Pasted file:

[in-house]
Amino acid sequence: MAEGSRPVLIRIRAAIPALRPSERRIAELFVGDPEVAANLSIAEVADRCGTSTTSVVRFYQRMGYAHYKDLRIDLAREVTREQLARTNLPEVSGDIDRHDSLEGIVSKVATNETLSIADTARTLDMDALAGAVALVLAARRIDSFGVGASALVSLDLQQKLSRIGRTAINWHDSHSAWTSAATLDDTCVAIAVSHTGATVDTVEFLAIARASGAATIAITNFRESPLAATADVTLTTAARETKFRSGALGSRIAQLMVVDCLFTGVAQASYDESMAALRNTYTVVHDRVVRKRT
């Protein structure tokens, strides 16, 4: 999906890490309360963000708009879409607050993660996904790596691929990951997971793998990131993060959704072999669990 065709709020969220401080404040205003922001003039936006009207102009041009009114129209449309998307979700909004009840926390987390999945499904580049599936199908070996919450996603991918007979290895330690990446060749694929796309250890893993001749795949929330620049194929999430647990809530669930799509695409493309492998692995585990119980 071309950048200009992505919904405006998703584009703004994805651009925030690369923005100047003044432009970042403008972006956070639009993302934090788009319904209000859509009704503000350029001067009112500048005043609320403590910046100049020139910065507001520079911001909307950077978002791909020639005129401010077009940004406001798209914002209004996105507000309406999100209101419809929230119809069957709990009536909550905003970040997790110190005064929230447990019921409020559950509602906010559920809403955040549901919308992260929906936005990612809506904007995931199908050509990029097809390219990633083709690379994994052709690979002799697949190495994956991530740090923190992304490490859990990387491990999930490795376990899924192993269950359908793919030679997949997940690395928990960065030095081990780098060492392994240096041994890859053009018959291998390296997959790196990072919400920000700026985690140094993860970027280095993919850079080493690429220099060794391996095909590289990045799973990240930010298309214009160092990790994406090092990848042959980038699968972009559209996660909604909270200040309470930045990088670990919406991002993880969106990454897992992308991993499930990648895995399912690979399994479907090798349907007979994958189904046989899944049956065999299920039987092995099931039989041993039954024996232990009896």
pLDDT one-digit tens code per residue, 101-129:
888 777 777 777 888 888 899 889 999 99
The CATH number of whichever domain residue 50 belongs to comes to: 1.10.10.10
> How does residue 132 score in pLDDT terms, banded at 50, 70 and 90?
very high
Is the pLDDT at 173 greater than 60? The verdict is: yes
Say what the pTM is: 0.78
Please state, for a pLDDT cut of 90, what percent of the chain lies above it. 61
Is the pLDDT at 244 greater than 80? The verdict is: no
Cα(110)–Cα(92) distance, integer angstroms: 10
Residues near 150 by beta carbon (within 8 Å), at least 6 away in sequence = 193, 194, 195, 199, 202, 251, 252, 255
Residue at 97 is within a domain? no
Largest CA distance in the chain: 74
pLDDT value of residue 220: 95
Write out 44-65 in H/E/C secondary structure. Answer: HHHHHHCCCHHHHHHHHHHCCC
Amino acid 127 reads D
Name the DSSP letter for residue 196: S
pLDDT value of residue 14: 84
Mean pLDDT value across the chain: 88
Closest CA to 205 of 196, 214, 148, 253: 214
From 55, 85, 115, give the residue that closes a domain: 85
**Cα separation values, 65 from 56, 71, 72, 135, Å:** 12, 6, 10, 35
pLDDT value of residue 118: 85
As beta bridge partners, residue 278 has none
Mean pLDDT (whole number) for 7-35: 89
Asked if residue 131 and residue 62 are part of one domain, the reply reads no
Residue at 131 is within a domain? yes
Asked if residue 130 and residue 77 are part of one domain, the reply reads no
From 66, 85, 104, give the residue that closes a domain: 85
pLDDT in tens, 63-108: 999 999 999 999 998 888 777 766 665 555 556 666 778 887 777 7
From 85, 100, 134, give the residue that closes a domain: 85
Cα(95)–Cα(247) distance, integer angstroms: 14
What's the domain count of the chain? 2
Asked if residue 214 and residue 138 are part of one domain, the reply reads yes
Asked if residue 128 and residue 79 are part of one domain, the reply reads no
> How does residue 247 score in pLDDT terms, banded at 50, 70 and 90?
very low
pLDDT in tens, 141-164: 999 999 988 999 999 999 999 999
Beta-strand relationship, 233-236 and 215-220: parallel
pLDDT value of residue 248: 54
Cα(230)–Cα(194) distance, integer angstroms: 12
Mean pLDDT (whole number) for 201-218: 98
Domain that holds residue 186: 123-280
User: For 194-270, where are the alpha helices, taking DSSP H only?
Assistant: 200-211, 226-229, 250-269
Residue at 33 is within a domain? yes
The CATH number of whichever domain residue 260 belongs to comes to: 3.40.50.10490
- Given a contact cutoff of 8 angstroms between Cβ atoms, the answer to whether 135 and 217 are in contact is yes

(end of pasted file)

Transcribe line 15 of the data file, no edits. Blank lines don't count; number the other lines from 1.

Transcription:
Residue at 97 is within a domain? no